Note: This is an archived Handbook entry from 2010.
|Dates & Locations:|| |
This subject has the following teaching availabilities in 2010:Semester 1, Parkville - Taught on campus.
Timetable can be viewed here. For information about these dates, click here.
|Time Commitment:||Contact Hours: 36 lectures (three per week); 12 computer based tutorials (one per week) |
Total Time Commitment: 120 hours
Study Period Commencement:
|Recommended Background Knowledge:||The prerequisite subjects should have provided an appropriate background for this subject.|
|Non Allowed Subjects:|| Non allowed subject: |
|Core Participation Requirements:||For the purposes of considering request for Reasonable Adjustments under the Disability Standards for Education (Cwth 2005), and Students Experiencing Academic Disadvantage Policy, academic requirements for this subject are articulated in the Subject Description, Subject Objectives, Generic Skills and Assessment Requirements of this entry. |
The University is dedicated to provide support to those with special requirements. Further details on the disability support scheme can be found at the Disability Liaison Unit website:
CoordinatorDr Karena Waller, Ms Cheryl Power
ContactMs Cheryl Power:
This subject introduces students to the excitingly diverse world of microbes and discusses the roles they play not only in causing infectious disease but also in both creating and maintaining life as we know it. Various types of microbes and their basic life processes are described, with the focus mainly on bacteria and viruses. Bacterial genetics and metabolism are explored, with the emphasis on how these areas explain determine observed behaviours and activities. The components of the immune system are outlined and their interactions and functions described.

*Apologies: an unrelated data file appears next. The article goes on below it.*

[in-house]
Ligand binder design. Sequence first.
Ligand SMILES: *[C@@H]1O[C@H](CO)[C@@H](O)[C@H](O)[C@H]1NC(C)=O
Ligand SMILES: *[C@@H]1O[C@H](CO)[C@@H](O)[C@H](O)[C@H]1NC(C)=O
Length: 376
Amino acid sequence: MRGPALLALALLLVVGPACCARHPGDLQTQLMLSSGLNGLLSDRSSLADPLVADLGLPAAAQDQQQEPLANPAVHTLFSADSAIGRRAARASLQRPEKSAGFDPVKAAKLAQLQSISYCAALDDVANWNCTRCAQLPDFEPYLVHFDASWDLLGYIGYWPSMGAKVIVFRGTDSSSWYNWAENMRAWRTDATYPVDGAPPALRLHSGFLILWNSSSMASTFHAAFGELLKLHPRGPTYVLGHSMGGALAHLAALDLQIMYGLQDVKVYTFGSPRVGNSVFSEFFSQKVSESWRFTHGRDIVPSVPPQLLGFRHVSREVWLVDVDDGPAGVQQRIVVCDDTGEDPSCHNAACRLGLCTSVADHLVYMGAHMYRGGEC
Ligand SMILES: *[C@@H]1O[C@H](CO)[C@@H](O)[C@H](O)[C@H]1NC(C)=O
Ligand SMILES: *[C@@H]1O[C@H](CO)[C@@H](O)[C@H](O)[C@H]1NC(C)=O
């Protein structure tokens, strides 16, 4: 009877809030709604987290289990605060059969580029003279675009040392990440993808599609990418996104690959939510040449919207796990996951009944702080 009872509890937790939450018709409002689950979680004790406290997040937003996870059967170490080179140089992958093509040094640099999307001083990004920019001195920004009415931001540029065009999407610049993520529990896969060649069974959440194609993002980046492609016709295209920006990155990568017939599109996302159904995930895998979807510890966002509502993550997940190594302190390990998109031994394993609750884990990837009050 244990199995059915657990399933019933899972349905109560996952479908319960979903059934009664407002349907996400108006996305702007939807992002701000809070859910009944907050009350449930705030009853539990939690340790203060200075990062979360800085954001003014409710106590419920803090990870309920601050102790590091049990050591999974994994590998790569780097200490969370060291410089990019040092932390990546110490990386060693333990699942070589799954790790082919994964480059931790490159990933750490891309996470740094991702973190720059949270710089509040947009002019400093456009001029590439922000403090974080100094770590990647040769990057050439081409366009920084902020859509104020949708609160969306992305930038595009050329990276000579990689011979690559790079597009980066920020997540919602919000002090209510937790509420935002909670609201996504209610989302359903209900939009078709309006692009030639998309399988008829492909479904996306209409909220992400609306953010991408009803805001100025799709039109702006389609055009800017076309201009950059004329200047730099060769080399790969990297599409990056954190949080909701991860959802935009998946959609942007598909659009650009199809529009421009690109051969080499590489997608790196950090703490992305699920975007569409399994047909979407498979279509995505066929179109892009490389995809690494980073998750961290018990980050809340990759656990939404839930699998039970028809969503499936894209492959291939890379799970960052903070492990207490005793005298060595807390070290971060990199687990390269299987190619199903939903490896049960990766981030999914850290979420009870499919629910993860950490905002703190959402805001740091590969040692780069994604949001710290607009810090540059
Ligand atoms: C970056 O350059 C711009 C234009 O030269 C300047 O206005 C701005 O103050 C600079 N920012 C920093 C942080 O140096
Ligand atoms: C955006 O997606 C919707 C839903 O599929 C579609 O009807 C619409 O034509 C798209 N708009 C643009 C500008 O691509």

A central part of this subject is showing how microbes are involved in infectious disease and how they interact with the human immune system. Strategies used by microbes to cause disease and counter strategies used to prevent disease are discussed, including the role of the innate and acquired immune response, the use of sterilization and disinfection procedures, and antibiotics and vaccines. The use of microbes in underpinning much of the vital research in the areas of medicine, public health and biotechnology is also described, as is the role of the immune response, so providing students intending to specialise in other biological sciences with an understanding of the basic concepts of both disciplines.
Upon completion of this subject, students should:
|Recommended Texts:||LM Prescott, JP Harley and DA Klein, Microbiology, 7th edn, 2007|
|Breadth Options:|| |
This subject potentially can be taken as a breadth subject component for the following courses:
You should visit learn more about breadth subjects and read the breadth requirements for your degree, and should discuss your choice with your student adviser, before deciding on your subjects.
|Fees Information:||Subject EFTSL, Level, Discipline & Census Date|
|Generic Skills:||Upon completion of this subject, students should have developed the following generic skills: |
This subject is available for science credit to students enrolled in the BSc (both pre-2008 and new degrees), BASc or a combined BSc course.
This subject is not available to students enrolled in the Bachelor of Biomedicine.
Bachelor of Science |
Graduate Diploma in Biotechnology
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